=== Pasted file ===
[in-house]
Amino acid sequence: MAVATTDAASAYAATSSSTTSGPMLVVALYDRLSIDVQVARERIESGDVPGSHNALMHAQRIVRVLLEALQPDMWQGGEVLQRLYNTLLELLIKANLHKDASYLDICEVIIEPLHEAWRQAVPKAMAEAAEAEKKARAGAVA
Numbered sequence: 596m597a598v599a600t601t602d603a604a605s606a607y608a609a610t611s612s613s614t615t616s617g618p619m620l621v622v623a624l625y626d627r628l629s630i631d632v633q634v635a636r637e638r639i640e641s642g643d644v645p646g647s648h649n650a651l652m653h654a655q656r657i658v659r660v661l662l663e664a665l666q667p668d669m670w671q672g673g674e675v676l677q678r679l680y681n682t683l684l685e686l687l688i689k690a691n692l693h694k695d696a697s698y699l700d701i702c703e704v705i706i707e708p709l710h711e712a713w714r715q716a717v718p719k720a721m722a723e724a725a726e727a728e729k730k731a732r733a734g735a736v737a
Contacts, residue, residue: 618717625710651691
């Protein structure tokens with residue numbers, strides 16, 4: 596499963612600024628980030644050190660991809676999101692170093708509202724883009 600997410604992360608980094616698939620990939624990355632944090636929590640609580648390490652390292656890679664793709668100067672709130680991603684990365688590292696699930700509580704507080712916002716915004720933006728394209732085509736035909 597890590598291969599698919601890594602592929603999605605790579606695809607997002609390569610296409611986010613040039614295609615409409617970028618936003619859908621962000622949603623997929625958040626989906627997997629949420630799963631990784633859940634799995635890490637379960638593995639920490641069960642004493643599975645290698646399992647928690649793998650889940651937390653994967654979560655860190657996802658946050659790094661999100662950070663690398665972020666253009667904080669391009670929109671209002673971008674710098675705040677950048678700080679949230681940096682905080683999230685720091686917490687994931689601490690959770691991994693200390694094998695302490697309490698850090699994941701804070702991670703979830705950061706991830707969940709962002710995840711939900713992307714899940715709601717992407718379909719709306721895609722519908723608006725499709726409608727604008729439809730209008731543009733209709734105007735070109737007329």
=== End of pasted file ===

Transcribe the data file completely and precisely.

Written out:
[in-house]
Amino acid sequence: MAVATTDAASAYAATSSSTTSGPMLVVALYDRLSIDVQVARERIESGDVPGSHNALMHAQRIVRVLLEALQPDMWQGGEVLQRLYNTLLELLIKANLHKDASYLDICEVIIEPLHEAWRQAVPKAMAEAAEAEKKARAGAVA
Numbered sequence: 596m597a598v599a600t601t602d603a604a605s606a607y608a609a610t611s612s613s614t615t616s617g618p619m620l621v622v623a624l625y626d627r628l629s630i631d632v633q634v635a636r637e638r639i640e641s642g643d644v645p646g647s648h649n650a651l652m653h654a655q656r657i658v659r660v661l662l663e664a665l666q667p668d669m670w671q672g673g674e675v676l677q678r679l680y681n682t683l684l685e686l687l688i689k690a691n692l693h694k695d696a697s698y699l700d701i702c703e704v705i706i707e708p709l710h711e712a713w714r715q716a717v718p719k720a721m722a723e724a725a726e727a728e729k730k731a732r733a734g735a736v737a
Contacts, residue, residue: 618717625710651691
């Protein structure tokens with residue numbers, strides 16, 4: 596499963612600024628980030644050190660991809676999101692170093708509202724883009 600997410604992360608980094616698939620990939624990355632944090636929590640609580648390490652390292656890679664793709668100067672709130680991603684990365688590292696699930700509580704507080712916002716915004720933006728394209732085509736035909 597890590598291969599698919601890594602592929603999605605790579606695809607997002609390569610296409611986010613040039614295609615409409617970028618936003619859908621962000622949603623997929625958040626989906627997997629949420630799963631990784633859940634799995635890490637379960638593995639920490641069960642004493643599975645290698646399992647928690649793998650889940651937390653994967654979560655860190657996802658946050659790094661999100662950070663690398665972020666253009667904080669391009670929109671209002673971008674710098675705040677950048678700080679949230681940096682905080683999230685720091686917490687994931689601490690959770691991994693200390694094998695302490697309490698850090699994941701804070702991670703979830705950061706991830707969940709962002710995840711939900713992307714899940715709601717992407718379909719709306721895609722519908723608006725499709726409608727604008729439809730209008731543009733209709734105007735070109737007329």